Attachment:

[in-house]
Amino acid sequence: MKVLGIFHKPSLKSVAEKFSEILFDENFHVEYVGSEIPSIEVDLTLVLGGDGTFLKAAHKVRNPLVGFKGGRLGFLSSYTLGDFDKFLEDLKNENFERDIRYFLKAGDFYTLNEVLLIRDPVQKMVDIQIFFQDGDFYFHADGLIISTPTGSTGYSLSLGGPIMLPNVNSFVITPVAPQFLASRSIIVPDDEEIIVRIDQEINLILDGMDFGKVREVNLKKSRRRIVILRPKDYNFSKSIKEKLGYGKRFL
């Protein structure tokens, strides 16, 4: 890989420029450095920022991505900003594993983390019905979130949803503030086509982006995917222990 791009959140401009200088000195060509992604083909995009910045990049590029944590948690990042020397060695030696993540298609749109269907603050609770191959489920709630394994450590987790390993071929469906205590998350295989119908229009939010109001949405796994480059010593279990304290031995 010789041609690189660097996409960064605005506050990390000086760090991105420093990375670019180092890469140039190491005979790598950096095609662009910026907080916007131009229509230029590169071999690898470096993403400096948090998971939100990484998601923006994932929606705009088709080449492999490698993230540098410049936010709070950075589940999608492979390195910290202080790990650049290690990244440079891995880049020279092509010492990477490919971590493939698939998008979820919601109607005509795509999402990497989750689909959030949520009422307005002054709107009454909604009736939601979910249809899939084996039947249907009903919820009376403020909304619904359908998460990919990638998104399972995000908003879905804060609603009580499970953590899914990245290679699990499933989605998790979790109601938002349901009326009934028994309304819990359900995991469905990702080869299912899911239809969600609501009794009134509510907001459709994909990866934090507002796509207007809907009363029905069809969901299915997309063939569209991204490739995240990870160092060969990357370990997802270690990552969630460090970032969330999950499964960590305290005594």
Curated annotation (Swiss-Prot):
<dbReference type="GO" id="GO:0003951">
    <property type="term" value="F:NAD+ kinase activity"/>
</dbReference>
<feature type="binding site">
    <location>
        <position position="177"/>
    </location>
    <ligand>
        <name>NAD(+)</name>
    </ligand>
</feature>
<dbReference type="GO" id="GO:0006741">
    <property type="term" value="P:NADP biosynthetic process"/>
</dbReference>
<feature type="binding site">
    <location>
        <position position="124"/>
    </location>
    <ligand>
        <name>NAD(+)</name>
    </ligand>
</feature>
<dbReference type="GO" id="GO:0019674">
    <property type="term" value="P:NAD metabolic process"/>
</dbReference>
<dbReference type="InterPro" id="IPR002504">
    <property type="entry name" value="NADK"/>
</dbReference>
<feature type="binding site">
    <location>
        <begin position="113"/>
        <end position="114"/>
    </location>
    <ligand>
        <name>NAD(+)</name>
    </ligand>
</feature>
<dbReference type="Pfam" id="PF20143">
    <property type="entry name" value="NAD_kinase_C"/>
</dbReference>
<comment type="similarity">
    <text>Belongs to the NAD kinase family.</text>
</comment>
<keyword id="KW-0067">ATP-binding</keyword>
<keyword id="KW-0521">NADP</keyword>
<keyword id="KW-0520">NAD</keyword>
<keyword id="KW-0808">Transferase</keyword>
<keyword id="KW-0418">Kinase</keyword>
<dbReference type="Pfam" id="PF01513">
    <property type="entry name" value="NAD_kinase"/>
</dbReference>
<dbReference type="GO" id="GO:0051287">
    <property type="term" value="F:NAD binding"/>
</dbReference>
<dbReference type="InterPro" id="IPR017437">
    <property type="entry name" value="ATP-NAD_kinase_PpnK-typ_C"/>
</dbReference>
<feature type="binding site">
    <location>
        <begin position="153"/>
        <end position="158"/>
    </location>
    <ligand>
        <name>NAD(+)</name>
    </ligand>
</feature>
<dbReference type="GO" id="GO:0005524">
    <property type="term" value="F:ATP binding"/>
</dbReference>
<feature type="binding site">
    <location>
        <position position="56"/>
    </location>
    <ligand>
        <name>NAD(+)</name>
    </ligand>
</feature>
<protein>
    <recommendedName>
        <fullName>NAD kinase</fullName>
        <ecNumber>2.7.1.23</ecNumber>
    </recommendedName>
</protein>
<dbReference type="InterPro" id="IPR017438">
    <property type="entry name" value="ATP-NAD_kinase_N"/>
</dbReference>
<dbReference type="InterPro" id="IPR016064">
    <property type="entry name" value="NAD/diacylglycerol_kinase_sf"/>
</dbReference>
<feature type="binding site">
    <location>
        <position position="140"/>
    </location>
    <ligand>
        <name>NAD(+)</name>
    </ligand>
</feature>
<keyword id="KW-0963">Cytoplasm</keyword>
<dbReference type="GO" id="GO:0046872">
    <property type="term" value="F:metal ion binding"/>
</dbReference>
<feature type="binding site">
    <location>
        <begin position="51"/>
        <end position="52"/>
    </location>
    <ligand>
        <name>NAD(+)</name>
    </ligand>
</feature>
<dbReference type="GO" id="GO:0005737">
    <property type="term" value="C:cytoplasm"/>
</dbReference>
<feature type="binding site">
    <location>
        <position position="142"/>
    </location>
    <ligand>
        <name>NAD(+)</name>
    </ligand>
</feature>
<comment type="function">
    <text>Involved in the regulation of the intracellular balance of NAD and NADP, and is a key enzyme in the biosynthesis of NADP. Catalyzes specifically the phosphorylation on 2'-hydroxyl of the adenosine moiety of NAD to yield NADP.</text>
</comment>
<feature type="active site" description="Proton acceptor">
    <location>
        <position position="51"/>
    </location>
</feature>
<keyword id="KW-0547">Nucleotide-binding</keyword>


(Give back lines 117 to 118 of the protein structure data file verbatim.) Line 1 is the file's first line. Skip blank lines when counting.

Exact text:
</dbReference>
<feature type="binding site">